Studio Visit: Paolo Bellò, Sologna, Italy

In which we are greeted by the warmest of Venetian smiles

trompe l'oeil coffered ceiling by Paolo Bellò with various rosette designs 
Stucco bas-relief in Stile Liberty by Paolo Bellò

From Venice I took the regional train to Bassano del Grappa, where I was greeted by Paolo Bellò and his wife Stefania, and two of the warmest of Venetian smiles, then on to town of Sologna where Paolo's studio occupies a prominent place on the main street.

I first met Paolo at the Salon in Lecce in 2015. At that time he was shy about speaking English, mainly because he didn't speak English. Since then, he and Stefania have been taking intensive English classes in order to better communicate with their new international friends.  Among them, the Irish painter Noel Donnellan, with whom Paolo recently formed a collaborative company called Pigmentti.  While it can be argued that studying English does not always help a person understand Noel when he gets going, both of these guys can paint, and they sure get the job done. 

The Sologna, Italy studio of Paolo Bellò features several workrooms, and a mezzanine displaying samples of work. The giant mistletoe design is for a house in Switzerland and was rendered in stucco bas-relief.

In his enormous and beautifully organized studio, Paolo treated me to a comprehensive demonstration of stucco bas-relief, one of his specialties.  

After showing me the basics of  traditional marmorino, its mixing, application and finishing, as well as ways to color it, Paolo transferred a design onto the still damp plaster using a spolvero (pounce) and some charcoal.

the spolvero transfers the design onto damp plaster
special stucco carving tools, some you buy, some you hack !

While still soft the marmorino is scratched out along the design to key the surface. New white stucco is added into the ornament areas and then sculpted using special tools.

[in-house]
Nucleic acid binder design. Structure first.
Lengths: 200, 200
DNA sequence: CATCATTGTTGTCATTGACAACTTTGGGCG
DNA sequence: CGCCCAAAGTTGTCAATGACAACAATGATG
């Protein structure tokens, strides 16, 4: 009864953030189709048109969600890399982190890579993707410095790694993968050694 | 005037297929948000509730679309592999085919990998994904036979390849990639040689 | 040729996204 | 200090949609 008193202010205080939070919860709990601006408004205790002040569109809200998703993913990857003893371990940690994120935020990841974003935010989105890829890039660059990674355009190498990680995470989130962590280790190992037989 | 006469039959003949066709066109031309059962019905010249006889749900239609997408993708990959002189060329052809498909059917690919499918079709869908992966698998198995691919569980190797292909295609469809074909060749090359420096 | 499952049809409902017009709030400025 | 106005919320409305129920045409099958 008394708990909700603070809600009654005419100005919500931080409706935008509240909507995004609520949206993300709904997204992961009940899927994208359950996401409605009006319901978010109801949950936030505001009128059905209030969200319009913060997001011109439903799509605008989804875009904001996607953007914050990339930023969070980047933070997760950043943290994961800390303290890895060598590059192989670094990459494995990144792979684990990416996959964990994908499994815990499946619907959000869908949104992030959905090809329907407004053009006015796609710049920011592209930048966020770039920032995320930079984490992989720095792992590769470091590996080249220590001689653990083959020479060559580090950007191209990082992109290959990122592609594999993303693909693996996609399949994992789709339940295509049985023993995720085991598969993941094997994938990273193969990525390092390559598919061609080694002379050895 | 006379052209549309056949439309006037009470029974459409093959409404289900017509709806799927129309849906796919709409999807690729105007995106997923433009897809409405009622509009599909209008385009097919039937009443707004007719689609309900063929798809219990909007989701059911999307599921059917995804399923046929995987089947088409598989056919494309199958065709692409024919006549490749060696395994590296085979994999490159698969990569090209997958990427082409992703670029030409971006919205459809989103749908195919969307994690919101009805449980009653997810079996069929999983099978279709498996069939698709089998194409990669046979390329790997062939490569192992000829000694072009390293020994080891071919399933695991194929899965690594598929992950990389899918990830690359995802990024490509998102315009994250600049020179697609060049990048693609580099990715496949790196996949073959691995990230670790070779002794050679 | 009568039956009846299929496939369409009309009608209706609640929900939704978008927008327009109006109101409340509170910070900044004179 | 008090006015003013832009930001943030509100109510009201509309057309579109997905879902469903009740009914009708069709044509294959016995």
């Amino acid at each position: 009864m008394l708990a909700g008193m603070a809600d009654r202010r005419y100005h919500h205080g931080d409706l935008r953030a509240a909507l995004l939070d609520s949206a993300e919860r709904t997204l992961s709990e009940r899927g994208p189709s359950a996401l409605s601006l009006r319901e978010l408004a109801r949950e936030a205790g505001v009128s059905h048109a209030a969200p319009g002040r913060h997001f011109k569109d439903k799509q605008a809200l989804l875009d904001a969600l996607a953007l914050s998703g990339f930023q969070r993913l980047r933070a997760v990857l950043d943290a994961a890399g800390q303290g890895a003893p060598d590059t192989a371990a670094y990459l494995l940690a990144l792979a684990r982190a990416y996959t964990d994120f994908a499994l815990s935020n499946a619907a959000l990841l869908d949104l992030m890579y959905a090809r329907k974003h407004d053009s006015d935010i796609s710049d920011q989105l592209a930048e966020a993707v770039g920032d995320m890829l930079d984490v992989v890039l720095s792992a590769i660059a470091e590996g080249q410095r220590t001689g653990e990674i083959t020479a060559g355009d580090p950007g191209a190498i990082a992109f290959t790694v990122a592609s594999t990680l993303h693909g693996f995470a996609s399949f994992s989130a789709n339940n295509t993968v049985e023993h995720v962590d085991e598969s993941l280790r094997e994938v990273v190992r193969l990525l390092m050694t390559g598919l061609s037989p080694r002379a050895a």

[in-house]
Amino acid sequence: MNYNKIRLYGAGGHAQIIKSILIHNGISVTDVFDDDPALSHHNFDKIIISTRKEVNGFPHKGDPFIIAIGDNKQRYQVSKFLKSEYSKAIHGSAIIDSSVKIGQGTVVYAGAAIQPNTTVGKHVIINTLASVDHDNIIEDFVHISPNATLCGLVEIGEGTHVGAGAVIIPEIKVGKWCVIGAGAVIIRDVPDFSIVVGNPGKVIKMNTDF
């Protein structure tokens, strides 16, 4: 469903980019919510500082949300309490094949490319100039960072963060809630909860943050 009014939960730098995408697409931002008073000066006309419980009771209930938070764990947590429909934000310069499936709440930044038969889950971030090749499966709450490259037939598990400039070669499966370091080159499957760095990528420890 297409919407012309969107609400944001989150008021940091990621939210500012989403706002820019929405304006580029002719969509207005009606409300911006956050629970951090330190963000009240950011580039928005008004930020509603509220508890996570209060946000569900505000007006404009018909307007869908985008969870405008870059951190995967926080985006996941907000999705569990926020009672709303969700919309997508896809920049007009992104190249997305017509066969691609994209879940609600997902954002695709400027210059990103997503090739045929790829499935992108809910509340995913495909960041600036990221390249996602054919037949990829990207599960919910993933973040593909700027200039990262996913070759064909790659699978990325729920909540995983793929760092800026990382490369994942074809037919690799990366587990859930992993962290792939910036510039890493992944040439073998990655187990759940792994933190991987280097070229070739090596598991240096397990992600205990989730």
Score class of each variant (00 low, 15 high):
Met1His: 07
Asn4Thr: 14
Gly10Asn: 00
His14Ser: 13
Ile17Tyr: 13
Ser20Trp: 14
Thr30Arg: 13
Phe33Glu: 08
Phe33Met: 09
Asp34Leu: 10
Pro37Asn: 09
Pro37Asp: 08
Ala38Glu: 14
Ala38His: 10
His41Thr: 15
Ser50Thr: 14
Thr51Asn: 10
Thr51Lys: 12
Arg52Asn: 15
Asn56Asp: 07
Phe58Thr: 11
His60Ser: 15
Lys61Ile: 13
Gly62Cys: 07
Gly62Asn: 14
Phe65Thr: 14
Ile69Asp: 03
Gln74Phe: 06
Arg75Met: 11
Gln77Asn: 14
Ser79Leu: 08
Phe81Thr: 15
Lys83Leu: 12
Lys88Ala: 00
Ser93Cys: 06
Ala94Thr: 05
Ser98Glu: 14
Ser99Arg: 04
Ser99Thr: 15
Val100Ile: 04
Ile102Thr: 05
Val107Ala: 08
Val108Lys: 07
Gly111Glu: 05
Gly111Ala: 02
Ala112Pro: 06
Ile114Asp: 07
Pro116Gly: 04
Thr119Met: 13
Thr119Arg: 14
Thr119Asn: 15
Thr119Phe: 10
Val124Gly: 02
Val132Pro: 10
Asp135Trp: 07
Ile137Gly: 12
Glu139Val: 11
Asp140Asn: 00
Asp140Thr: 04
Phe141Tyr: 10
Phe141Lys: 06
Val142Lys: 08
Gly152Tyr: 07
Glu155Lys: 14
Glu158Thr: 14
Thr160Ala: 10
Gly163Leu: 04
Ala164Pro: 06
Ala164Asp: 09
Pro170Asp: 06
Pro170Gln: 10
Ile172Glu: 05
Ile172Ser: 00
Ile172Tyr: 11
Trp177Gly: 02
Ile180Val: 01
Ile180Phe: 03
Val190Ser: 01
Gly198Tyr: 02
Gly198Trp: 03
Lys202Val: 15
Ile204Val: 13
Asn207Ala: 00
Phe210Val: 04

detail of stucco being built up
Paolo Bellò sculpting detail in the stucco ornament

As the stucco hardens finer detail can be added, but all of this must be timed just so and this requires a real understanding of the material and what it can do.

Paolo Belló has worked in decoration since the age of 14. He attended the European Centre for Heritage Crafts and Professions in Venice.  Then after studying with maestro Ennio Verenini in Bassano, Paolo was invited to join the Verenini decoration company, and three generations of knowledge was passed on to him over the next 20 years. He opened his own studio in 1994.

The hundreds of sketches, samples, maquettes, and tools in the studio are a testament to the the life's work of this consummate artisan.

optional designs for a doorway: on the right, Paolo pays tribute to his favorite architect, Carlo Scarpa.
Exterior Design: sketches for two possible treatments which include ornament, color and relief stucco work.

During my visit Paolo and Stefania took me on a tour of their favorite Veneto sights: the Tomba Brion of Carlo Scarpa, and the Palladian Villa Barbaro with its Veronese frescoes that make my heart sing.   Along the way we passed  houses Paolo has decorated with fresco sundials or ornament, keeping alive the tradition of the Veneto artisans. 

Noel, Lynne, and Paolo at the Salon 2018 in Leeuwarden.*
I look forward each year to attending the International Decorative Painters Salon, where I have met so many friends and fellow artists from around the world.   

See more of  Paolo Bellò's work on his website.

Tomba Brion by Carlo Scarpa
Villa Barbaro

photos in this post by Lynne Rutter, Sologna, 2018
except * by Stefania Bellò